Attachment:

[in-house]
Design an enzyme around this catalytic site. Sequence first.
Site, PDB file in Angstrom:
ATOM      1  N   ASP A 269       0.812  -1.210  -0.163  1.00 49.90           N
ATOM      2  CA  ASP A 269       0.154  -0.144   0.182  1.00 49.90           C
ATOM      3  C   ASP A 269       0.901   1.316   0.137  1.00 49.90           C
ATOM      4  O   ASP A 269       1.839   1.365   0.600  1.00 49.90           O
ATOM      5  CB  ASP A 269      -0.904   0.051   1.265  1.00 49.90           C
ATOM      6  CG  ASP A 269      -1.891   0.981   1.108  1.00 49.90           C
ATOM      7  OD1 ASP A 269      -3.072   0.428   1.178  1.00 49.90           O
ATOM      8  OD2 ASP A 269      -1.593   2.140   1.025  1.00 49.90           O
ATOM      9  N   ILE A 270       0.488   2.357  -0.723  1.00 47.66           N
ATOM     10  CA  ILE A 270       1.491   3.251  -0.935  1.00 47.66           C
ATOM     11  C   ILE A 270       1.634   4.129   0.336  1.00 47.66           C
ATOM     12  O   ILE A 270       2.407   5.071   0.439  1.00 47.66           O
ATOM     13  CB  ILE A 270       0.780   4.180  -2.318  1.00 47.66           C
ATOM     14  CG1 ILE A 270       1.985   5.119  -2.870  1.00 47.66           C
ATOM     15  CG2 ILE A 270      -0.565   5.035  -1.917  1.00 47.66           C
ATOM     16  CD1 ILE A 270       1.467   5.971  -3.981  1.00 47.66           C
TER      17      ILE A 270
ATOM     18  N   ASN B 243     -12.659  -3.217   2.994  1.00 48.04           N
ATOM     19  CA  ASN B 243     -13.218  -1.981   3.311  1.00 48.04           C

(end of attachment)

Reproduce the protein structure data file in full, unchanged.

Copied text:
[in-house]
Design an enzyme around this catalytic site. Sequence first.
Site, PDB file in Angstrom:
ATOM      1  N   ASP A 269       0.812  -1.210  -0.163  1.00 49.90           N
ATOM      2  CA  ASP A 269       0.154  -0.144   0.182  1.00 49.90           C
ATOM      3  C   ASP A 269       0.901   1.316   0.137  1.00 49.90           C
ATOM      4  O   ASP A 269       1.839   1.365   0.600  1.00 49.90           O
ATOM      5  CB  ASP A 269      -0.904   0.051   1.265  1.00 49.90           C
ATOM      6  CG  ASP A 269      -1.891   0.981   1.108  1.00 49.90           C
ATOM      7  OD1 ASP A 269      -3.072   0.428   1.178  1.00 49.90           O
ATOM      8  OD2 ASP A 269      -1.593   2.140   1.025  1.00 49.90           O
ATOM      9  N   ILE A 270       0.488   2.357  -0.723  1.00 47.66           N
ATOM     10  CA  ILE A 270       1.491   3.251  -0.935  1.00 47.66           C
ATOM     11  C   ILE A 270       1.634   4.129   0.336  1.00 47.66           C
ATOM     12  O   ILE A 270       2.407   5.071   0.439  1.00 47.66           O
ATOM     13  CB  ILE A 270       0.780   4.180  -2.318  1.00 47.66           C
ATOM     14  CG1 ILE A 270       1.985   5.119  -2.870  1.00 47.66           C
ATOM     15  CG2 ILE A 270      -0.565   5.035  -1.917  1.00 47.66           C
ATOM     16  CD1 ILE A 270       1.467   5.971  -3.981  1.00 47.66           C
TER      17      ILE A 270
ATOM     18  N   ASN B 243     -12.659  -3.217   2.994  1.00 48.04           N
ATOM     19  CA  ASN B 243     -13.218  -1.981   3.311  1.00 48.04           C